5 major problems you can have with a property

Abandoned house and stormy weather

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The average price of a house in the UK has reached £254,000 according to the Office for National Statistics.

Buying a property is a massive investment which, very occasionally, can go badly wrong. Here are five situations every home owner will want to avoid.

1. My home was hanging off a cliff

Bungalow at edge of cliff

Bryony Nierop-Reading lived in her Norfolk home for years, despite the coastal erosion nearby.

Bryony Nierop-Reading stands on the cliff edge next to her Happisburgh home Bryony Nierop-Reading stands outside her home

In December 2013 her home hung off a cliff after a tidal surge.

Since then Bryony has been living in a caravan while she considers her options.

Obviously this an unusual problem but should you find yourself in a similar situation:

  • If you're having troubles getting an insurer to cover your home, try contacting companies directly or through a broker via the British Insurance Brokers' Association.
  • Ask friends or family to help store belongings.
  • If you can safely access parts of the home, lock all doors, windows and board up any gaps to make it harder for thieves.

2. A demolition order was put on our holiday home

wooden holiday home Tony and Shirley Pearson purchased their Spanish holiday home in 2008
Tony and Shirley Pearson Tony and Shirley Pearson celebrate buying a holiday home
house in pieces By 2014 the couple's home was sold off for the value of the materials

In 2008 Tony and Shirley Pearson from Kent bought a holiday home in Spain.

They spent around 110,000 euros on the property but ended up in a legal dispute over where it had been built.

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Nightime home

In March 2014 a court ordered their home to be demolished.

Before the couple were evicted they sold the lodge for the value of its materials. They gave their furniture to charity.

  • Research and follow local laws before buying and renting out property.
  • Check government information on buying property abroad and detailed advice on how to buy property in Spain.
  • If you choose to work with an estate agent, developer or lawyer, check they are qualified, reliable and have experience operating in the country. Ask for examples of projects they have completed.
  • Check whether owners of properties on similar developments have had any problems.

3. Our home was flooded

Langford family

Caroline and Jeremy Langfords' home in Moorland, Somerset was flooded in February 2014.

Mould in a room Everything in the house became mouldy.

The family were woken up by a fireman in the early hours warning them that flood water was getting into their house.

They moved in with nearby family while their insurer arranged temporary accommodation. They are now working with their insurance company to restore their home.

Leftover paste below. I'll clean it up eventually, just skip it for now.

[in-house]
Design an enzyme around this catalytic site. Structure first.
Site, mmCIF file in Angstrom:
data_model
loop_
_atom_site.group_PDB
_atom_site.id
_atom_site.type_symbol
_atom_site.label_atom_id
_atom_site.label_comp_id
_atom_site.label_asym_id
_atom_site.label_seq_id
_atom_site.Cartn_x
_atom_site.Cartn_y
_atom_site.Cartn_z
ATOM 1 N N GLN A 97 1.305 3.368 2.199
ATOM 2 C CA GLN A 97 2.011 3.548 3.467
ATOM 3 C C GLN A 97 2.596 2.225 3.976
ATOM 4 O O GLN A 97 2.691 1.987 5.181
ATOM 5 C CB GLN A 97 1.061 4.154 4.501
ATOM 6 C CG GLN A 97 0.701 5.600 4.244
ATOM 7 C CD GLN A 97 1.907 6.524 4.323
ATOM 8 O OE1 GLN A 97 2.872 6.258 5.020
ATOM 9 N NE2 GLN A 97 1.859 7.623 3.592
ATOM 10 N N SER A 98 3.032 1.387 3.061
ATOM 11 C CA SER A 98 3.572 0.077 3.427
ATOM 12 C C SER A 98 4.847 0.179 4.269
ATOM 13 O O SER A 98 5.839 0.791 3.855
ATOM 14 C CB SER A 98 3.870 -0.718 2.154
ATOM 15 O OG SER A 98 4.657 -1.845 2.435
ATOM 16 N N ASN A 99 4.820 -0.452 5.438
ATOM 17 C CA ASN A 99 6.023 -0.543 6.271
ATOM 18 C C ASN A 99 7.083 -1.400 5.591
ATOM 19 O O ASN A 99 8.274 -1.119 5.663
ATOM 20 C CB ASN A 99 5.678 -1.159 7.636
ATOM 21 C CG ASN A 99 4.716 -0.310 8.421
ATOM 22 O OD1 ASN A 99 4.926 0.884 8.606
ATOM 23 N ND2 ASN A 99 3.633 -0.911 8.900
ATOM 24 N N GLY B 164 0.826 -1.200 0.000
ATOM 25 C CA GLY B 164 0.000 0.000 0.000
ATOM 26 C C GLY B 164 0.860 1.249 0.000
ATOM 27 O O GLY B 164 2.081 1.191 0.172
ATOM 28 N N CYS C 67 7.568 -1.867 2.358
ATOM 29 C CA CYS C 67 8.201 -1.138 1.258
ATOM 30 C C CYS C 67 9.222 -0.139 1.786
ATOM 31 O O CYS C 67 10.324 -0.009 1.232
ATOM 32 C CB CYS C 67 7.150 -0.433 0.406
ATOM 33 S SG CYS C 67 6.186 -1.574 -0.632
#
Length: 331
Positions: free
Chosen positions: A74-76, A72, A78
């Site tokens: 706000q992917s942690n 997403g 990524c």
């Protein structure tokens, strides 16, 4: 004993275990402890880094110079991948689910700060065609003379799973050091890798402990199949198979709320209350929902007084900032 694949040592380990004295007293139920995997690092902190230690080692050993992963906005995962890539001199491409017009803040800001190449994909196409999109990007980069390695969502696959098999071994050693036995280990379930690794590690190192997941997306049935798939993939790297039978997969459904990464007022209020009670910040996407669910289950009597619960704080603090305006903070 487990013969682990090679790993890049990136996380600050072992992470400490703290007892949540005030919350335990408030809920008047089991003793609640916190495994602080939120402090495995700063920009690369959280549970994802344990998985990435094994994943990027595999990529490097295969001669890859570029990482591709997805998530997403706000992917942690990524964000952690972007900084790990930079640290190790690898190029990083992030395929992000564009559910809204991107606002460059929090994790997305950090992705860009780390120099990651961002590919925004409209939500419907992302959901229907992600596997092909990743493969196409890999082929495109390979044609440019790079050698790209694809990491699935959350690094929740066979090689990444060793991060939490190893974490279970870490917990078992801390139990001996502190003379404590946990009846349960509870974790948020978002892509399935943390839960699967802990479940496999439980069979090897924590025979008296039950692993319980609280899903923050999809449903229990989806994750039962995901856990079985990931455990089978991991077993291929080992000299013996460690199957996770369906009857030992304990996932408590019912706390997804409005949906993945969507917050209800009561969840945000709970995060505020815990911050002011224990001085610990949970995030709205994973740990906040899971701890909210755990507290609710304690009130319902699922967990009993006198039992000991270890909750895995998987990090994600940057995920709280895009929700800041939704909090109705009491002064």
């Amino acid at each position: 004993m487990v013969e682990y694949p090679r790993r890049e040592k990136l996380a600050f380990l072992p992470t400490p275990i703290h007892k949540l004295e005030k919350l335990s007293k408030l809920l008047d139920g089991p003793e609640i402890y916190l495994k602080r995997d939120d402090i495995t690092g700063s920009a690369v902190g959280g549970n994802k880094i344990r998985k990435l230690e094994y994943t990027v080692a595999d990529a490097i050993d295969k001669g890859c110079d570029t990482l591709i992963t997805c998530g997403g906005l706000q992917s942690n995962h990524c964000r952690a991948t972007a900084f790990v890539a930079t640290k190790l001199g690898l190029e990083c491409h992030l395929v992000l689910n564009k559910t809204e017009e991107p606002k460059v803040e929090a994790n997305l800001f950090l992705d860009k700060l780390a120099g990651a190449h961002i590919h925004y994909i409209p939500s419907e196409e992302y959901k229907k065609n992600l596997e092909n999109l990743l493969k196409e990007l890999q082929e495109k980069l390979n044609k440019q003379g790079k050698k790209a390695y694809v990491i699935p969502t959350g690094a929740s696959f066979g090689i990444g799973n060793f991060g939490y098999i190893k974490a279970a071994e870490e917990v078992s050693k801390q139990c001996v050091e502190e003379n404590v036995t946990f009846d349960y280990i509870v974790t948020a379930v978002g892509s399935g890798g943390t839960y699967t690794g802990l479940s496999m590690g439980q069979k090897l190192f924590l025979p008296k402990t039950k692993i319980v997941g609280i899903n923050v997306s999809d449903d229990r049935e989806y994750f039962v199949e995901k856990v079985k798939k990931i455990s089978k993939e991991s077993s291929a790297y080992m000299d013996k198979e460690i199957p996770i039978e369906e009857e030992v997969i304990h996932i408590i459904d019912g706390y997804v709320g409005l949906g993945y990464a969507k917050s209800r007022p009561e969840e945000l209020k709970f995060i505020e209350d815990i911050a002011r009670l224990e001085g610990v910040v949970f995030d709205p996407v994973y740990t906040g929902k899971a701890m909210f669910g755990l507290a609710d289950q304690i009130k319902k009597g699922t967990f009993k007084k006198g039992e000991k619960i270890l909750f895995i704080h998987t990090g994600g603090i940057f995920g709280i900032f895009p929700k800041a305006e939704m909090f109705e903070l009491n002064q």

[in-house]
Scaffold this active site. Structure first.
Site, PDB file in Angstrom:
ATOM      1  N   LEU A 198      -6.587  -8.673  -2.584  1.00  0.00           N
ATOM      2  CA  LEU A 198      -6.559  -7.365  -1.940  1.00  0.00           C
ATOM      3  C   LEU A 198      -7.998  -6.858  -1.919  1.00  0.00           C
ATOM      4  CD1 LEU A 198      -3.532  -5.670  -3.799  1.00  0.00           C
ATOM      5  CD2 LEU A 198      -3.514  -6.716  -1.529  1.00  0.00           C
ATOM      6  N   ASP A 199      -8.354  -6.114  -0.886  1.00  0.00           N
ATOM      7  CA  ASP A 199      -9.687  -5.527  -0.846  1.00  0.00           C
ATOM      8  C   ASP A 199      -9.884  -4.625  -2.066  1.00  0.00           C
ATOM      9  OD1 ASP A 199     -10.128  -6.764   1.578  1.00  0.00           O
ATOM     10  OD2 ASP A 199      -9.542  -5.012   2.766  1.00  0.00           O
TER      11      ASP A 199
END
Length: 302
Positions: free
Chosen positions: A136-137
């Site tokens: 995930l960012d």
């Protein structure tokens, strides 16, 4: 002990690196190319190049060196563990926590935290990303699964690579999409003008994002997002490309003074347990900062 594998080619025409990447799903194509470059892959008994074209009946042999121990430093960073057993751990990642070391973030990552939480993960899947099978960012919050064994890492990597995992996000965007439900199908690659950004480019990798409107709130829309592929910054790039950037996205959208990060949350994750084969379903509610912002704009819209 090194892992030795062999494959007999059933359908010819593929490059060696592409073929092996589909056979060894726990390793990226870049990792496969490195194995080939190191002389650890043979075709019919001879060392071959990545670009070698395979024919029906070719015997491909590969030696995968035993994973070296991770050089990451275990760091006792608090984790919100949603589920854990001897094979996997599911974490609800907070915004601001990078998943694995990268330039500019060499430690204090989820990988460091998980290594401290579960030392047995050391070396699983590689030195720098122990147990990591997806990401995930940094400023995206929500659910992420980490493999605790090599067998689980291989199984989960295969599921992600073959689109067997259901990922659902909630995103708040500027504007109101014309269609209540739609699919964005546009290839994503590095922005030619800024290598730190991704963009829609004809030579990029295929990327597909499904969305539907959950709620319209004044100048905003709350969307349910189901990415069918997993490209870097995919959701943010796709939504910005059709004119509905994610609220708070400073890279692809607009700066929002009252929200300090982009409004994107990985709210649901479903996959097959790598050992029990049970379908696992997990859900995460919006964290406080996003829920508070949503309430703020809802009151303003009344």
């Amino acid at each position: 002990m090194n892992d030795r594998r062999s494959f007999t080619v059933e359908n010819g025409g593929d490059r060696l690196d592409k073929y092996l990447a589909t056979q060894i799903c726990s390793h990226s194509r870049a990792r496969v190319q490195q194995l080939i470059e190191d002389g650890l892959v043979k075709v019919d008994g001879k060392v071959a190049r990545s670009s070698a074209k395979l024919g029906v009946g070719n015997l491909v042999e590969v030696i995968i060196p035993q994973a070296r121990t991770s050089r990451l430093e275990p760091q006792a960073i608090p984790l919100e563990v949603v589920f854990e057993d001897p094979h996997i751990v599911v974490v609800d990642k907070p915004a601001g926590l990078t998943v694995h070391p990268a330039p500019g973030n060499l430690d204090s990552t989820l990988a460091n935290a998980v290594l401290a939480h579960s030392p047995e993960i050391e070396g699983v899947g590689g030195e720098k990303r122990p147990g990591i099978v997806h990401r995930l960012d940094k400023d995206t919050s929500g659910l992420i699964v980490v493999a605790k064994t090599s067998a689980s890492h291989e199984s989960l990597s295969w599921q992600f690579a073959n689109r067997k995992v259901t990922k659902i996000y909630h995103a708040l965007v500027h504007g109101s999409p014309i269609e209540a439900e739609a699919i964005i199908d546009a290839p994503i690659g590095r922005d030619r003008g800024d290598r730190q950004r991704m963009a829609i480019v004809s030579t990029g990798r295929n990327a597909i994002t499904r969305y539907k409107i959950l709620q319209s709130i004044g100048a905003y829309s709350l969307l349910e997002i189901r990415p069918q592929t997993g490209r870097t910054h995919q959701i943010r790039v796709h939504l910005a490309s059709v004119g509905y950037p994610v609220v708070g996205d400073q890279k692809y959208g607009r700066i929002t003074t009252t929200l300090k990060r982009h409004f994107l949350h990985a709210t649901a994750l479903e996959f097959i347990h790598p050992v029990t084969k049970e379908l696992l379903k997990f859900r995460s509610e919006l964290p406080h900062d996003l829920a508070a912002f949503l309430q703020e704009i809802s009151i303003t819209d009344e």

4. Our noisy neighbour gave us years of sleepless nights

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Laura Sheridan and the residents of a suburban street in Nottingham were kept awake at night by the noise of clucking, crowing and quacking for around six years.

Her neighbour had birds in a back garden and the local residents found the sound, smell and conditions disturbing.

They tried to speak to the neighbour but it didn't help.

Laura Sheridan

The residents built a legal case by taking pictures and recordings.

In September 2013, the neighbour was banned from keeping animals.

5. I was gazumped three times

Sold sign

Rachel Kelly has been trying to buy a property in London for over a year and has been gazumped (when a buyer thinks they have agreed a deal to buy a house only for another buyer to step in and outbid them) on three different properties.

The first time, Rachel had an offer accepted on a property but a different estate agent listed it at £36,000 more. The seller got a higher offer which they accepted.

Rachel Kelly Rachel Kelly was 'gazumped' three times

The second time, Rachel had an offer accepted on a different property, had paid for surveys and was in the process of arranging a mortgage. However, she was told the seller had accepted a cash offer instead and completed the sale within three weeks.

On the third occasion her solicitor said contracts were being sent out to multiple buyers and whoever exchanged first would get the property. Someone else beat her to it.

Gazumping is legal if you live in England, Northern Ireland or Wales. In Scotland once an offer is made on a house and accepted, it is legally binding.

  • One way to reduce the risk of gazumping is to have your mortgage approved in principle. This means you're ready to get the paperwork moving as soon as your offer is accepted.
  • Check out Citizens Advice if you have any problems buying or selling a home.
  • If you are not happy with an estate agent's service, let them know and give them a chance to resolve your complaint.
  • If you are still not satisfied, you can contact the Property Ombudsman.

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